Does the Keto Diet Actually Work?

There’s always some new diet touted as the one that will give you a celeb body in two weeks, and Keto Diet is currently making the rounds. But what is Ketogenesis? Did someone say Sega Genesis? Ketogenesis has a super scientific name, and a lot of science behind it… which is probably why people use the shorter name for the diet: Keto. Keto is a cutesy term for ketosis, a process where living things break down fats to sustain life — it usually happens during starvation or out of control diabetes.

But artificially putting your body into a ketogenic state is growing in popularity. The Keto Diet is basically, a temporary food restriction program that is high in saturated fat and almost entirely cuts out carbohydrates. Suggestions include having bacon with everyday, meat at every opportunity, and SIDES of veggies … but like three leaves of lettuce or AH tomato. And meal suggestions often include using both butter and olive oil.

I mean, I like a tasty meal but that’s just making my arteries hurt thinking about it… And some follow this diet for months or years at a time! But let’s back up and explain some simple biology. Your brain and body run on glucose, a simple sugar. Glucose is made from lots of things, but a big source is carbohydrates. Once carbs are converted to glucose it enters the bloodstream and can either be used immediately or stored.

Stored, if you’re eating more calories than you’re burning, can mean as fat. People see the Keto diet as a way to cut out carbs, and thus sugar storage, removing a source of fat from the body… Except that doesn’t actually happen. Even without carbs coming in, the body needs glucose, so once glucose drops to less than 100 grams, the body enters a ketogenic state — none of this is news to Keto Practitioners, but really for everyone else… The brain needs glucose, glucose is The Precious and we wants it! “Ketogenic” comes from ketone bodies. They’re another source of cellular fuel, not the body’s preferred fuel, mind you, but an alternative supply for vital organs.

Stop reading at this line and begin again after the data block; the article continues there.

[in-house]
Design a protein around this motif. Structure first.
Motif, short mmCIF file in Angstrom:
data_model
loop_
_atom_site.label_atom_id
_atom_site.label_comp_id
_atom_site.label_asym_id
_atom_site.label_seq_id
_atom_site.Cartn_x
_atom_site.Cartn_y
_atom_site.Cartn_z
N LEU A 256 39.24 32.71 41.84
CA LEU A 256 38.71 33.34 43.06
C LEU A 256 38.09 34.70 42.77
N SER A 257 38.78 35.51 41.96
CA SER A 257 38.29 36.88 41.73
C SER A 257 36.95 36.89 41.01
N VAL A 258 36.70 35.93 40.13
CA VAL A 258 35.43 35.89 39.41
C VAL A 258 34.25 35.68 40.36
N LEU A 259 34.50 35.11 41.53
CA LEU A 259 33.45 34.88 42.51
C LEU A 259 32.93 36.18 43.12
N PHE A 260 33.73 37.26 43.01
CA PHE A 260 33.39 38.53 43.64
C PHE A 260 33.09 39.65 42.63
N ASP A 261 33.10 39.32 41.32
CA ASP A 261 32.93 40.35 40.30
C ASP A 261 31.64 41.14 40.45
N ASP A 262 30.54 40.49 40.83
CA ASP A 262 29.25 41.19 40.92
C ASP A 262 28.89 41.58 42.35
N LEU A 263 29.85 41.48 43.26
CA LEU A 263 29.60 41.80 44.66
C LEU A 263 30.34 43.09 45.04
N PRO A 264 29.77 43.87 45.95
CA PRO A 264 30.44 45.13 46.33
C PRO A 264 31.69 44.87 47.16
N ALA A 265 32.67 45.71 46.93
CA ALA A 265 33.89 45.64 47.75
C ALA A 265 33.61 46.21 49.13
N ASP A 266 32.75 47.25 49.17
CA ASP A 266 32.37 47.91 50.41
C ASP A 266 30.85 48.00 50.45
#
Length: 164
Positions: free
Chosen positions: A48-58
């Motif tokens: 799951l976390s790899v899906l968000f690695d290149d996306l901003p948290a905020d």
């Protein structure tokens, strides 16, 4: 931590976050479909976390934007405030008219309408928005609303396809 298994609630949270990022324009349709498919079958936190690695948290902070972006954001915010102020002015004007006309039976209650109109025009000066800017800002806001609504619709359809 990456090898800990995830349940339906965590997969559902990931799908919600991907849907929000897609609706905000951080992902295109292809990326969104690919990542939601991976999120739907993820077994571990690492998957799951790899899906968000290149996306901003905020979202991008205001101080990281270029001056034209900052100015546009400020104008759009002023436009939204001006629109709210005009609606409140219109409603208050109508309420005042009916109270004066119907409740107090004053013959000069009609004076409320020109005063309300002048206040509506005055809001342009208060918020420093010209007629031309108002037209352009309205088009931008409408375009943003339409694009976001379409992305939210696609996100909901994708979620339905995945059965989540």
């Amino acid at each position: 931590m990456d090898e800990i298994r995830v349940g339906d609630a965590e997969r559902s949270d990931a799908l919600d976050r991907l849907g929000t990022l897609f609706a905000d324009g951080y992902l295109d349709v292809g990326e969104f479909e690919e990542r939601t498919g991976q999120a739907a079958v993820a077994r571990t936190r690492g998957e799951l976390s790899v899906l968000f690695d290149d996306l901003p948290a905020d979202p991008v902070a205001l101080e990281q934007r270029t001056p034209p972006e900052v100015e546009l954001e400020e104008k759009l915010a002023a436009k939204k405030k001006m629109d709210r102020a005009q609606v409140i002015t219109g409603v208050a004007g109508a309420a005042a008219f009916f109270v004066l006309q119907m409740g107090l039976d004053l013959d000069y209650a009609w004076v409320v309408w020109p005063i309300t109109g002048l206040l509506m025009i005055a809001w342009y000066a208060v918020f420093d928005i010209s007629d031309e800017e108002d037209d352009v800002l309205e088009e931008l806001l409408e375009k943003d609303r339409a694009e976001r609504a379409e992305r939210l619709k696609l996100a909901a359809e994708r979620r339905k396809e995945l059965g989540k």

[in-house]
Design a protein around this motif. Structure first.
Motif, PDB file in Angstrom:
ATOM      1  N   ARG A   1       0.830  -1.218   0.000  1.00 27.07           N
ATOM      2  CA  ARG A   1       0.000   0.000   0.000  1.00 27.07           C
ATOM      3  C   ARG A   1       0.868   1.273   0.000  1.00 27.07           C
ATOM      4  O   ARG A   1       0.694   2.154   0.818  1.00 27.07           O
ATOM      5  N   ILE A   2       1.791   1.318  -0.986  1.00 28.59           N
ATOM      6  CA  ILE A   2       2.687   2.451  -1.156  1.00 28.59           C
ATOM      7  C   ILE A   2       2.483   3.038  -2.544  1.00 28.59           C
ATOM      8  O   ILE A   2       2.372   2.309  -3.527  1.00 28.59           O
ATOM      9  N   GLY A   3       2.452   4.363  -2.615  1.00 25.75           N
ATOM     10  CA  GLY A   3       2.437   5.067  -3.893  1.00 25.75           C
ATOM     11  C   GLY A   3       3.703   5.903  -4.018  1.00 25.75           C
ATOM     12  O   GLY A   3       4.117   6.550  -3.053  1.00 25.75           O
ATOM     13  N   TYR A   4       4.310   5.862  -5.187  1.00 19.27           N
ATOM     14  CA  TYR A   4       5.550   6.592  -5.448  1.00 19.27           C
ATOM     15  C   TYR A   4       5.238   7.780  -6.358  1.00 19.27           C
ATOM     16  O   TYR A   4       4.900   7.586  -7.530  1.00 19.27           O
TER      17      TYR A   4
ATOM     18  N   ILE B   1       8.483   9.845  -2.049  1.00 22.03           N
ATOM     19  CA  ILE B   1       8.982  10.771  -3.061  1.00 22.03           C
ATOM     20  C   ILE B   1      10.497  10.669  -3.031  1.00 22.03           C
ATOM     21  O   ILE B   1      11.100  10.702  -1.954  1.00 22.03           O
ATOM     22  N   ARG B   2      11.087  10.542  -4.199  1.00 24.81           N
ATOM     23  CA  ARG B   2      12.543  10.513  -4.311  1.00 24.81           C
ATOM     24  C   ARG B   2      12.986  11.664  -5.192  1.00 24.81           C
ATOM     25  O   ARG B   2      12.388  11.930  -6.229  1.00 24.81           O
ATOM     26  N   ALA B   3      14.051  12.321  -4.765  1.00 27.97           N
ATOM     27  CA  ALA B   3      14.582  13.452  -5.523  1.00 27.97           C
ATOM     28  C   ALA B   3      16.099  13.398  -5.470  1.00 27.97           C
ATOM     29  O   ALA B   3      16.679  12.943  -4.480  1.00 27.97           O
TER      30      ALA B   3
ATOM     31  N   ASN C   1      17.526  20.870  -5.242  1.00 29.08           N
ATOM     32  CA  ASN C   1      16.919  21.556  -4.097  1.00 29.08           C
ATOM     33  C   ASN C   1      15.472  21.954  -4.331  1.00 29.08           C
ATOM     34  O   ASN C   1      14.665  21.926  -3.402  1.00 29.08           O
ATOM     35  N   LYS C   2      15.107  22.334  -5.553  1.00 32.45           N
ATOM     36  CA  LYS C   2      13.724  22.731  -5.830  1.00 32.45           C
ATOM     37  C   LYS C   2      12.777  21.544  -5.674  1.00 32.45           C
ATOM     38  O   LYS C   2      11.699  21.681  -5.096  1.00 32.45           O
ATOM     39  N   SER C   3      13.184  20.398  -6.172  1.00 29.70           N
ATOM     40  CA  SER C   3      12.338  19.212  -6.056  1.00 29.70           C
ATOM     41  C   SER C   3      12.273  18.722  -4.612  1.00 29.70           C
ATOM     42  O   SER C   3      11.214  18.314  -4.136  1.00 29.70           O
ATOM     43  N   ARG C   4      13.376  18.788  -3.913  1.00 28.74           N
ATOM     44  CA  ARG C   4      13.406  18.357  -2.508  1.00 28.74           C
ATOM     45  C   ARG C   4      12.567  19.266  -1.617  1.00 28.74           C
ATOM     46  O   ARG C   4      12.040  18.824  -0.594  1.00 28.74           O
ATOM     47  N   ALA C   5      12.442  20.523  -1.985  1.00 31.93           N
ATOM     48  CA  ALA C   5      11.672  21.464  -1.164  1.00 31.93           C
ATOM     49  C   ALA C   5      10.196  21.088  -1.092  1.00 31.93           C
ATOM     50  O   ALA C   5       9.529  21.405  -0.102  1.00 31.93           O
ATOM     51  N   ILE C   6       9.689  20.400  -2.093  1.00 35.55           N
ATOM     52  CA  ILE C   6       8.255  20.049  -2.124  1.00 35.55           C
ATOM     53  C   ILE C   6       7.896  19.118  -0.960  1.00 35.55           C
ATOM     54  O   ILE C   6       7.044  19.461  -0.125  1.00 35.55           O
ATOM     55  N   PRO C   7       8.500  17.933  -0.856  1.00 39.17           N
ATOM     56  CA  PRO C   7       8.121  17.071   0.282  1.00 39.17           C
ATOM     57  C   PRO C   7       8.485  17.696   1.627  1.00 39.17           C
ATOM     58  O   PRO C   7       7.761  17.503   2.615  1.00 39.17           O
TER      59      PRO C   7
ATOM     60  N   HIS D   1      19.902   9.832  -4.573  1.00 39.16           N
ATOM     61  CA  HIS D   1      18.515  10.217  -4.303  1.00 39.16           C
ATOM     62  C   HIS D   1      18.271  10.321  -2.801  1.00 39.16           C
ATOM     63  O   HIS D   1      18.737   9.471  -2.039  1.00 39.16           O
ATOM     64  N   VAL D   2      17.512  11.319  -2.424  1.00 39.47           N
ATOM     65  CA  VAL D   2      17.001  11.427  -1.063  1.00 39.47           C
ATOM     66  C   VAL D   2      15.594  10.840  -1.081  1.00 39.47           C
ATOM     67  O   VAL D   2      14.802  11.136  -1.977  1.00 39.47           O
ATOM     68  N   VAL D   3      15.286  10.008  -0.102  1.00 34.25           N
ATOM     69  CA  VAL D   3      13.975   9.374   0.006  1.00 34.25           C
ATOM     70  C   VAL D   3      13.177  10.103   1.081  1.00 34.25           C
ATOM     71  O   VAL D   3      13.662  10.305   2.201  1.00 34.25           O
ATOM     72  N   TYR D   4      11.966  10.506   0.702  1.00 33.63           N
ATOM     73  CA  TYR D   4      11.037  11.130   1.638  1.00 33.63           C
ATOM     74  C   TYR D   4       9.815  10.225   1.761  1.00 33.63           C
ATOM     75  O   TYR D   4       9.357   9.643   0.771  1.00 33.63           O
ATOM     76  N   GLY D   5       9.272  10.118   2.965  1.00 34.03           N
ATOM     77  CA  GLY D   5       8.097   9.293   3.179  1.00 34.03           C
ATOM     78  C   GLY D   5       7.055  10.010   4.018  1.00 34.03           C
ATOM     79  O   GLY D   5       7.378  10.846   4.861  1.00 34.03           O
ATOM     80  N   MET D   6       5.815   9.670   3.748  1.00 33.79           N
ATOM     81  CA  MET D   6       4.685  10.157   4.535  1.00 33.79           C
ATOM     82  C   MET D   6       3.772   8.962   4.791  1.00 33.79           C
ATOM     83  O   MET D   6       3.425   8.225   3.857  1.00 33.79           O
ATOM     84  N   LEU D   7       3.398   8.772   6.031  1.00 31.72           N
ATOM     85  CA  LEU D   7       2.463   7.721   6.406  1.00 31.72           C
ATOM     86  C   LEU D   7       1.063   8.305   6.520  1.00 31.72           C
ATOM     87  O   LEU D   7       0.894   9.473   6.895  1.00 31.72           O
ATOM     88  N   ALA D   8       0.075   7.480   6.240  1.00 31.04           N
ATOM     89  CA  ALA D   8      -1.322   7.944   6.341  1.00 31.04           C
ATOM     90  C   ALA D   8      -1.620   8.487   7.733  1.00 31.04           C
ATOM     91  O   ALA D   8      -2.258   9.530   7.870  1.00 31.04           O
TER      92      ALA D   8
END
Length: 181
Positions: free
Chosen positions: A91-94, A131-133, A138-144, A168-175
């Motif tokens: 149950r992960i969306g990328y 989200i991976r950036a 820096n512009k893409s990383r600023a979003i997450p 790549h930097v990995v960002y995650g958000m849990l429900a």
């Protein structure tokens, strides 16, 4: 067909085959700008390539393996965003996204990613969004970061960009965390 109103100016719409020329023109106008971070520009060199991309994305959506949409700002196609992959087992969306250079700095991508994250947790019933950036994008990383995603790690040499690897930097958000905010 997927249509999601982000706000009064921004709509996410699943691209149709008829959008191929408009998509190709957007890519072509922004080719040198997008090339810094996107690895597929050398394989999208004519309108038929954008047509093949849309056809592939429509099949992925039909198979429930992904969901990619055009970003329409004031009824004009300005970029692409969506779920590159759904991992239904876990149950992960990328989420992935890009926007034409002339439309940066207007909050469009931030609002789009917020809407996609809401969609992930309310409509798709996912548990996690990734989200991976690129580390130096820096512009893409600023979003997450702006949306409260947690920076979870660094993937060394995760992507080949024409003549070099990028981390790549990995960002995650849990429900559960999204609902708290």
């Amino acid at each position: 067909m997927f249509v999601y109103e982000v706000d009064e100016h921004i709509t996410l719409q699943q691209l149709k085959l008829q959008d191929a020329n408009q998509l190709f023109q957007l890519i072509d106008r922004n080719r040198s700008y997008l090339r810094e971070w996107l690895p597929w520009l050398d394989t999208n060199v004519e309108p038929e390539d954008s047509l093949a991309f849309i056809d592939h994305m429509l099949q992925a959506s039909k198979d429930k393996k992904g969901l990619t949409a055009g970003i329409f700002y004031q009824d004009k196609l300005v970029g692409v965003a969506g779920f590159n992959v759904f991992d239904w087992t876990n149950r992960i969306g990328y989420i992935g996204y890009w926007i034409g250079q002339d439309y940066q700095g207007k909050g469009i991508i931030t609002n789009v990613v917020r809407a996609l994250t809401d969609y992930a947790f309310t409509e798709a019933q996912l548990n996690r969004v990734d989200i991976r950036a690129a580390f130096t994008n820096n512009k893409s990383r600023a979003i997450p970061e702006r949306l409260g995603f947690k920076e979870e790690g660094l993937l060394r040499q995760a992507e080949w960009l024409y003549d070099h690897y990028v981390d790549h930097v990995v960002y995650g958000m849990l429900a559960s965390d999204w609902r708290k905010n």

This is like an emergency backup system for your body. The ketogenesis kicks in when your body is starved of glucose, starting a lipolytic process. Basically, it breaks down fat. Glossy Keto Instagrammers rejoice! Except, the keyword in there is starved.

Creating ketone bodies to replace missing glucose is what your body does as a response to starvation! And people are still willing to try the diet! Which can be dangerous. Carbs typically account for about 50 percent of a balanced diet. If you tell someone to replace those calories with proteins and fats, people can end up eating too much protein and fats from processed foods. That paired with few fruits and vegetables is a recipe for ill health.

Plus, Lots of red meat and fatty, processed foods have been linked to heart disease, kidney problems, and even osteoporosis. Some people experience nausea, vomiting, and constipation on the diet. But they also do lose weight! The problem is, like with all fad diets, the weight loss doesn’t last. As a former personal trainer, I suspect it’s the initial cutting out bread that kickstarts weight loss.

Cutting out this common source of simple sugar is every trainer’s first comment. But fat has an evolutionary purpose, it is the buffer from those ancient days when we couldn’t just walk over to the store to pick up food. So once you stop Keto, you’re likely going to gain weight again as your body tries to protect itself from starvation. There is some research that says a longer-term stint on the Keto diet can help with weight loss and cholesterol management.

But that’s in a study with supervision. It’s a hard diet to manage alone. Interestingly, there are significant health benefits from following the Keto diet. It’s been used since its development in the 1920s to effectively treat children with drug-resistant epilepsy.

And in some cases, children with certain genetic mutations can’t get enough glucose to the brain. This hypoglycemic state causes seizures in infancy and, if untreated, can lead to serious complications like microcephaly and ataxia. The keto diet takes away the glucose from the bloodstream, forcing the brain to use the alternate energy source of ketone bodies for fuel, allowing for proper neural development. But unlike body builders looking to get super lean, this diet is done all-in for 1-2 weeks with management over months or years, depending on the case.

All under close supervision of a physician, a registered nurse, and a registered dietitian. The diet is slowly dialed back to include more and more foods that produce gluten, allowing the child to adjust. Again, it’s supervised. Because there shouldn’t be guesswork when putting a child — or yourself! — into a starvation state.

Scientists are now looking into other applications the Keto diet might have for other metabolic, oncologic, neurodegenerative, and psychiatric disorders. A fad diet is a temporary way of eating that is targeted at those of us who don’t like exercise but want to lose weight quickly. This kinda sounds like that, but with some science words. The best kind of diet is one that you work out with a nutritionist that suits your body, and that you adopt for yourself and for the rest of your life.

If you want more Seeker, definitely hit that subscribe button. Diets are so much more than just food; I can tell you more about the healthiest diets right here. Amazingly, use of the Keto diet can be traced all the way back to the 5th century BCE by Hippocrates who realized seizures are biological, not spiritual.